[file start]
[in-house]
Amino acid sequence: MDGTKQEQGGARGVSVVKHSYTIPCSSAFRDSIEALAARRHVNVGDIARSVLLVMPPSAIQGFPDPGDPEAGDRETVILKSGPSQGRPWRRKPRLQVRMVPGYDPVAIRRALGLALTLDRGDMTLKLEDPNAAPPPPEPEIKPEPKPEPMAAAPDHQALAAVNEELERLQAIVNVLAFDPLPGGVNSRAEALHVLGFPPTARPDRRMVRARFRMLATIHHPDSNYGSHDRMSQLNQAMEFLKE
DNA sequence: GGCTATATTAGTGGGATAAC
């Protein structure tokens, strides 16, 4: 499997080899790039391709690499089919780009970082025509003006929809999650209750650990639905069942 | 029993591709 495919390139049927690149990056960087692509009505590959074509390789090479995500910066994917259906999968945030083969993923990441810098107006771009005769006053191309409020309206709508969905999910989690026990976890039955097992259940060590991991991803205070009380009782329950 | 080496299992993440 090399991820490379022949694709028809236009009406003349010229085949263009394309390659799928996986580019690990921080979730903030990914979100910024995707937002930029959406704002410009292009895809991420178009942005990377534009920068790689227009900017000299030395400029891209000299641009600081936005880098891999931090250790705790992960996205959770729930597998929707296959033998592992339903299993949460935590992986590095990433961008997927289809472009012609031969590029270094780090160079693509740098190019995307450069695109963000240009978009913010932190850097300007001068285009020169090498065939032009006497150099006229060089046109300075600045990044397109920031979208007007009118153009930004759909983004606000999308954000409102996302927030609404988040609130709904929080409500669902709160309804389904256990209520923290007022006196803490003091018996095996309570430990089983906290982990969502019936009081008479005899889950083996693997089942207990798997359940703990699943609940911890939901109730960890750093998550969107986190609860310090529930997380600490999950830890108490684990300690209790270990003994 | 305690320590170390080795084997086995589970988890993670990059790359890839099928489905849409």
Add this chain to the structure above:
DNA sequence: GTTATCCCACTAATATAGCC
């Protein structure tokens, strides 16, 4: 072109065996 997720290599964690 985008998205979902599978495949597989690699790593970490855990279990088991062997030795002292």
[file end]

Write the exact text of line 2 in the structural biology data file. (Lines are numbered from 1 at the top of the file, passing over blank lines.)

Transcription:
Amino acid sequence: MDGTKQEQGGARGVSVVKHSYTIPCSSAFRDSIEALAARRHVNVGDIARSVLLVMPPSAIQGFPDPGDPEAGDRETVILKSGPSQGRPWRRKPRLQVRMVPGYDPVAIRRALGLALTLDRGDMTLKLEDPNAAPPPPEPEIKPEPKPEPMAAAPDHQALAAVNEELERLQAIVNVLAFDPLPGGVNSRAEALHVLGFPPTARPDRRMVRARFRMLATIHHPDSNYGSHDRMSQLNQAMEFLKE